How Long Will I Receive or Pay Alimony?
In most cases, the award of alimony will be written into the divorce agreement. This is where a less experienced divorce attorney can really cost his or her client down the road. You must be very careful how the divorce settlement is worded so that one party can avoid losing alimony by “technically” not breaking the alimony agreement.
- Remarriage – once the receiving party is married, alimony is discontinued
- Death – if the receiving party passes, alimony payments are not transferable to any other party, therefore, they are discontinued
- Moving in with a new boyfriend or girlfriend
You may also have an agreed upon status or event that will allow you to discontinue alimony payments. However, it may be a challenge to get the receiving party to agree to these terms. For instance, cohabitation could be a condition, but you would have to prove they are in a relationship and the receiving party has not taken in a boarder. This is something that should be discussed in detail with your divorce attorney before agreeing to terms.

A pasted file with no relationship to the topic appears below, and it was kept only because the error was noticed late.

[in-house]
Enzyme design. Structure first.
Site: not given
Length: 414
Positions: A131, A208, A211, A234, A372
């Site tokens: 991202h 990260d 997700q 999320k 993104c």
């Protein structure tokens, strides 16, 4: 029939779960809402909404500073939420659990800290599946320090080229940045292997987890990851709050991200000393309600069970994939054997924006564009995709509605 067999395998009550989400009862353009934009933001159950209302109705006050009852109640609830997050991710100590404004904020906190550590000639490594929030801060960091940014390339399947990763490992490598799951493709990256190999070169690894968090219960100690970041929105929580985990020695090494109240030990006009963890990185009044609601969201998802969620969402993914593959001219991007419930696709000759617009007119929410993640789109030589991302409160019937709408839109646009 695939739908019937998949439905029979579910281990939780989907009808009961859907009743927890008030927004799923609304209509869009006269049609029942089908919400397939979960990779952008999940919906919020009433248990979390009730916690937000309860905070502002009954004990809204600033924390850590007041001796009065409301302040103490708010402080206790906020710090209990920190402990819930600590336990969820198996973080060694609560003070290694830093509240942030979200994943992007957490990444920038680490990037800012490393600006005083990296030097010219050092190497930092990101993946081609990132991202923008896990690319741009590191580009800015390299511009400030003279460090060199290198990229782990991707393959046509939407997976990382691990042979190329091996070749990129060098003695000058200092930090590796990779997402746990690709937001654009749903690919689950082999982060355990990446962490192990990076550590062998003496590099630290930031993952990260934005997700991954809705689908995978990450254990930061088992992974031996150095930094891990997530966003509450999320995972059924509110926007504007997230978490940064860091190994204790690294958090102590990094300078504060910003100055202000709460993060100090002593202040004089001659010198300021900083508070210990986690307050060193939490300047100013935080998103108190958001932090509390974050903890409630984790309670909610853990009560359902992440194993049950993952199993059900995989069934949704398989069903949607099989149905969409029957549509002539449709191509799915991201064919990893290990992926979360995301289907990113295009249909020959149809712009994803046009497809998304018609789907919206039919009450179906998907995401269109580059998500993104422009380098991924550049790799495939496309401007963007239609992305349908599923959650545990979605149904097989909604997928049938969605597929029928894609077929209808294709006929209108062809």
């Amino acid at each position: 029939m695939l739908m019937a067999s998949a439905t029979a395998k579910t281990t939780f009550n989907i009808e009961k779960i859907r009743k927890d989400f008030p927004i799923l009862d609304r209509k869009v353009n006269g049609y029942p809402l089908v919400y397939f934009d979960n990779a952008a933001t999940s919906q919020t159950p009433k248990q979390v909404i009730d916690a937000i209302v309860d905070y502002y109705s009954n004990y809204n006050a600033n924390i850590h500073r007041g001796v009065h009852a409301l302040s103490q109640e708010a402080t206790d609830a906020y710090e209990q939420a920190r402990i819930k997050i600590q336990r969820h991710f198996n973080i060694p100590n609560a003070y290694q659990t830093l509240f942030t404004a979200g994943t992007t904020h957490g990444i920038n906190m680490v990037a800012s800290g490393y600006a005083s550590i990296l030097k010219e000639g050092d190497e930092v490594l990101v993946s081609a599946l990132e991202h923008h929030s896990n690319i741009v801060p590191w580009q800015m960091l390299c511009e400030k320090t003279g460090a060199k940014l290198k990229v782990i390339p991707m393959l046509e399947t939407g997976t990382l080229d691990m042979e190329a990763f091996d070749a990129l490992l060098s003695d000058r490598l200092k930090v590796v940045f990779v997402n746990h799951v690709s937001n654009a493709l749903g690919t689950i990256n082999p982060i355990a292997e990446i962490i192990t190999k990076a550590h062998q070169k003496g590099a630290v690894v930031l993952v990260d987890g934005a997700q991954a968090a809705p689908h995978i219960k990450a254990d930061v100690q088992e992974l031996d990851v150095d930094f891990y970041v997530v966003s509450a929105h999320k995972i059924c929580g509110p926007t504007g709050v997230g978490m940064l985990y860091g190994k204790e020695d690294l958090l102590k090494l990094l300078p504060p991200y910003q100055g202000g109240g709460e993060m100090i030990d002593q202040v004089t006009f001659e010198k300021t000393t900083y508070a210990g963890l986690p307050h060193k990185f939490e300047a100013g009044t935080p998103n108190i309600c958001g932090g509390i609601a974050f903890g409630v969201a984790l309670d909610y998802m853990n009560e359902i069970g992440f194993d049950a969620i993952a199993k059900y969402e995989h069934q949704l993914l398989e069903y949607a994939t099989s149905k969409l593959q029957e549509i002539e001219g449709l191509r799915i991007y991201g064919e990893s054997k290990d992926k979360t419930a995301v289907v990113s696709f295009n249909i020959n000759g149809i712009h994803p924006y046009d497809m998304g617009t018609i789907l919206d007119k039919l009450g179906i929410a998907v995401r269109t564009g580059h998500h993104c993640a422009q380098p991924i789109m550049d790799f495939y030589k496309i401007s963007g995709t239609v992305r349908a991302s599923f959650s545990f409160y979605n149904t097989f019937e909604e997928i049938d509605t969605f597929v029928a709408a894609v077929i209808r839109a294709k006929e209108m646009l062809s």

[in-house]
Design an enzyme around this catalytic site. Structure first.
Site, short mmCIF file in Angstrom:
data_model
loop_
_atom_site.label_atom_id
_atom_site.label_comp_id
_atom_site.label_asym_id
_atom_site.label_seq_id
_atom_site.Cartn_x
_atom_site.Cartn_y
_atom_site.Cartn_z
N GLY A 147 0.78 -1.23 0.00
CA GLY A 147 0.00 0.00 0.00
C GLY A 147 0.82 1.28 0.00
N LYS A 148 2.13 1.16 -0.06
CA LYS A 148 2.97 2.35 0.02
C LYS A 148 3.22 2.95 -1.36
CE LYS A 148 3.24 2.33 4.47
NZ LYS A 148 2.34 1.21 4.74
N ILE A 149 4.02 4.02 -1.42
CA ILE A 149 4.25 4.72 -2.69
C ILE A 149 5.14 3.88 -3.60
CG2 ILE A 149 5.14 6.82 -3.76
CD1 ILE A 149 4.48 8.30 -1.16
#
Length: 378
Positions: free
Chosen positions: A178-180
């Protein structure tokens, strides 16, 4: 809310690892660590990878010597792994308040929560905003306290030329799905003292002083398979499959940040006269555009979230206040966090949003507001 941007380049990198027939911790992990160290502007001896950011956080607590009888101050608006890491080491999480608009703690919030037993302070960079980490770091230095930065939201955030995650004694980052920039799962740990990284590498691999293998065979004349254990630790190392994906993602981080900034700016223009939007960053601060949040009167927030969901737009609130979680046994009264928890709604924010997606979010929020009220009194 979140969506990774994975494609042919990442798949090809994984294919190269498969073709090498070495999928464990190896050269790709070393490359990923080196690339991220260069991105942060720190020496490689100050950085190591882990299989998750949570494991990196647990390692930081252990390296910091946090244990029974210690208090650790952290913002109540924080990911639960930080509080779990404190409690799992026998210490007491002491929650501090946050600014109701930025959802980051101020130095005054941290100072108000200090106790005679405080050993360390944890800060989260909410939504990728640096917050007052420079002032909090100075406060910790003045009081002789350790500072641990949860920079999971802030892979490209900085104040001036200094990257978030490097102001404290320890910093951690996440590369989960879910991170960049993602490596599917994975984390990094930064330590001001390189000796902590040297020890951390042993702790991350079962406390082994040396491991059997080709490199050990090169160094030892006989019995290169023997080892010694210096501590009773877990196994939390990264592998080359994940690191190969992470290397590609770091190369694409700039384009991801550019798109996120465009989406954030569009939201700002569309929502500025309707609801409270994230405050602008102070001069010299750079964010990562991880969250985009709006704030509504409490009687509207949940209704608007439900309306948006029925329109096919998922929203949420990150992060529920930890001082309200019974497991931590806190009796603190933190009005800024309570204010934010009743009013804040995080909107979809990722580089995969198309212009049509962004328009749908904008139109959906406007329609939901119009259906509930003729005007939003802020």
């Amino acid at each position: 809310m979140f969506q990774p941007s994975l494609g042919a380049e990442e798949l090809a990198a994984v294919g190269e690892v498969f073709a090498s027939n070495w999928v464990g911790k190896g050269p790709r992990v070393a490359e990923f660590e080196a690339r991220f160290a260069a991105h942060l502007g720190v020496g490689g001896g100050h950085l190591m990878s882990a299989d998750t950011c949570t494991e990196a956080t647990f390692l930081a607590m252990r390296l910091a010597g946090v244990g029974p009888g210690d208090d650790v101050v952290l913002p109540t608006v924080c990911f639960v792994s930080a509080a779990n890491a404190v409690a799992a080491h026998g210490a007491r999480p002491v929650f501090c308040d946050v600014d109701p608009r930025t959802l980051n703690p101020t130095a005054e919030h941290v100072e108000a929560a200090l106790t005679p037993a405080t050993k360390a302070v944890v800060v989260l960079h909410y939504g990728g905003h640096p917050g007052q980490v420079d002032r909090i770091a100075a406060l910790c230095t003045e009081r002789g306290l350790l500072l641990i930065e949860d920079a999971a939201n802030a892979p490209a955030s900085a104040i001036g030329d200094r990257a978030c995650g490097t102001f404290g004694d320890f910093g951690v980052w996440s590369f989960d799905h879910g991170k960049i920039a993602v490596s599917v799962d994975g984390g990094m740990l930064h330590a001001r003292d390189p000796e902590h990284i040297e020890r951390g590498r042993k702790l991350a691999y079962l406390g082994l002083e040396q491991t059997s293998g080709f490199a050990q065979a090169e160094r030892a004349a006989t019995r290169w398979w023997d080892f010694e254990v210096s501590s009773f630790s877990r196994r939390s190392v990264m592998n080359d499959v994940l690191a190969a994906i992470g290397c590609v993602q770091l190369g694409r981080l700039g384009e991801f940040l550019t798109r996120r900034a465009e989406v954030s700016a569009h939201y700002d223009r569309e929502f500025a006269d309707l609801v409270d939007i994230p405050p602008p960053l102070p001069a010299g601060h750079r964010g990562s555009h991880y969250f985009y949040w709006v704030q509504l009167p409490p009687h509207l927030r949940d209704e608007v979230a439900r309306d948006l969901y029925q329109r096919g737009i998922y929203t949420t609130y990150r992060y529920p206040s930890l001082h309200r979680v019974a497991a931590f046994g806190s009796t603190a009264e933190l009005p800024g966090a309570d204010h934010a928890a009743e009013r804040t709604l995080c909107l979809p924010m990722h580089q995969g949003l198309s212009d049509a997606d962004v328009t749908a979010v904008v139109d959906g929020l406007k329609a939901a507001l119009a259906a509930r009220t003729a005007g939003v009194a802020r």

What is even more confusing, some states now use a set calculation for the amount of time alimony should be paid. For example, a state may say that for the first 1-5 years of marriage, the length of an alimony award should be 20% of the marriage, for years 5-10 30% the length of the marriage, and so on. This can lead to problems as people are now incentivized to make it to those break points of 5 years, 10 years, and so forth. However, at least in states that utilize a rigid formula such as this, all parties have an up-front idea what they are potentially looking at rather than being blindsided.
Can I Fight an Alimony Award?